So I wasn’t really pleased with how the actual writing ended up, but today I wrote about Nate.
I shouldn’t write about Nate, I have this horrible urge to keep all his secrets. DAMN YOU, MY PRIVATE BABY.
Also, I didn’t get back to circling around to where I was going with the whole flashback. Sorry about that.
Their jobs, their lives really, fall into a routine and so Greta isn’t surprised that she’s the one to notice. Shane is at her sharpest when life is unpredictable. The rhythm of life lately—teach three days a week, substitute teach at the kindergarten the other two, eat dinner with whoever needs her attention that night, play softball in the neighborhood league on the weekend, change into a wolf on the full moon—hypnotizes Shane into complacency. So she doesn’t catch that her brother is at their house more and more. Though Greta admits, Shane is gone for dinner most nights, so it’s not like she’s there to see Nate struggle to finish eating whatever Greta dishes out. Still, Greta tells her when Nate comes by, but still she doesn’t notice. Greta does though.
“How was work?”
Nate smiles faintly. “We had a call a day ago, a dad with his little girl. I could hear her in the background the whole time telling him what to say. Anyways, they found a mama cat under their house and when they coaxed her out they saw that she was banged up. Her tail was twisted and she was limping and the kittens all had eye infections. So I told him to bring them in if he could. That was at about three.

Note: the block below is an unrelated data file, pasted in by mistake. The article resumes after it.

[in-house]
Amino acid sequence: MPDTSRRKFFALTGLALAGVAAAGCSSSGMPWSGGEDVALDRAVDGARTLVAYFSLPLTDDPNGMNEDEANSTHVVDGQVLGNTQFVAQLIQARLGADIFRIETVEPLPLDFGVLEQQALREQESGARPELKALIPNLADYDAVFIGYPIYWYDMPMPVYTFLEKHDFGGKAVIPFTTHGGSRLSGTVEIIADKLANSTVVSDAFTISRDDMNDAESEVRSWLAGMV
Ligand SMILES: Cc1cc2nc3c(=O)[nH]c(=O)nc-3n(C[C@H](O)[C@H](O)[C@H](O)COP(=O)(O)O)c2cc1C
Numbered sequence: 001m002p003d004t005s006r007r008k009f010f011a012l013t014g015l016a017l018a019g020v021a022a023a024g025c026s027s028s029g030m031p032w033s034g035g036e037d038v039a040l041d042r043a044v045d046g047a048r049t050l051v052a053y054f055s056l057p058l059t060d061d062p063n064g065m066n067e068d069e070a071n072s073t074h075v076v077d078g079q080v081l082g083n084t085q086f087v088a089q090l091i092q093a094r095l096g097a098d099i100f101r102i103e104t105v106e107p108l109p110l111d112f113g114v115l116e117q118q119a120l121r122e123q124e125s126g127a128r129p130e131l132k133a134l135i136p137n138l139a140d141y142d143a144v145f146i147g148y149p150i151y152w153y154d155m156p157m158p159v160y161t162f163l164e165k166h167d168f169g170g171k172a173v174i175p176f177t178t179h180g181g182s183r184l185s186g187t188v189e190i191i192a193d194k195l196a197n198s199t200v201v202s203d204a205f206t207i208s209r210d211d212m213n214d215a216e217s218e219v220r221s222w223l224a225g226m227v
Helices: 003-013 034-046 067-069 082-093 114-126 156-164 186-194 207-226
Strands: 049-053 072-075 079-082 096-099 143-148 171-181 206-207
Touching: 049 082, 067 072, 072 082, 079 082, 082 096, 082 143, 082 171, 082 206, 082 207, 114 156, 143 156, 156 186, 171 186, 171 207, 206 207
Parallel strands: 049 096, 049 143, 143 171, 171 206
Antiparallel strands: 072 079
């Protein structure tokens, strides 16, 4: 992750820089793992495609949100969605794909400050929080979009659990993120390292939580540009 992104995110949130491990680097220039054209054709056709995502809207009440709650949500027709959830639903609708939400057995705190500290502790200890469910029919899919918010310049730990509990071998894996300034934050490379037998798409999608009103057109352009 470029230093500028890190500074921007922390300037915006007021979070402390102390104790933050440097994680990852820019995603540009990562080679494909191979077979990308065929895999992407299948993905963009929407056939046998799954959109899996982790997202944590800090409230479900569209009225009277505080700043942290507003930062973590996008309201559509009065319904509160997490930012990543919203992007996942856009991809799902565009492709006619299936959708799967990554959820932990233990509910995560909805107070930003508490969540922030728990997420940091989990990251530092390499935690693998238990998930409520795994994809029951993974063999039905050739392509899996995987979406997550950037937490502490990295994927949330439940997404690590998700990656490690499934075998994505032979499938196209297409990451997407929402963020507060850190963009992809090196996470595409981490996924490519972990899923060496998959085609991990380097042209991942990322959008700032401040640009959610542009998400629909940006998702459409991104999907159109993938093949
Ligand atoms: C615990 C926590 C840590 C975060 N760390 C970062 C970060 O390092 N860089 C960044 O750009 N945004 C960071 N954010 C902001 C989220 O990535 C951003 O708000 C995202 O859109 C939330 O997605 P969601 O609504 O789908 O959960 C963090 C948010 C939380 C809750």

“This morning I got in, and even before my tech got there, the dad and his girl showed up with a cardboard box full of pillows and blankets and cats. It took them a while to coax the mama cat out again and make sure they had all the kittens, apparently. It turns out the kittens were really young. I think the mama was abused, but she didn’t put up a fight while we worked on her. I had the little girl play with the kittens while I fixed up the mama.”
“Aw, how old was she?”
“About four. Old enough to be a little person but young enough to not be in school on a weekday.”
“Yeah. Her dad helped me until Janey got in. She finished wrapping the casts while I showed the dad how to put Neosporin in the kittens’ eyes. He was so worried about them all was the really great thing. His daughter found them but he was the one who was really worried. It was just nice to see a creature needing a break in life finding someone who wanted to give her that. He really wants to keep her and his daughter wants to keep a kitten. Well, all the kittens, but you know.”
“Yes, bit much,” Greta agrees. She surveys her brother-in-law carefully. As much as he loves his job, he doesn’t normally go on and on about mama cats and the people who rescue them. Not without reason.
“Was he cute?”
Nate looks up and he looks trapped the second before he schools his features into ignorance. “The boy kitten? They were kind of young to tell, but I suspected one of them.”
He meets her eye briefly. “He was nice. I—do you remember Michael?”
“Your roommate at vet school, right?”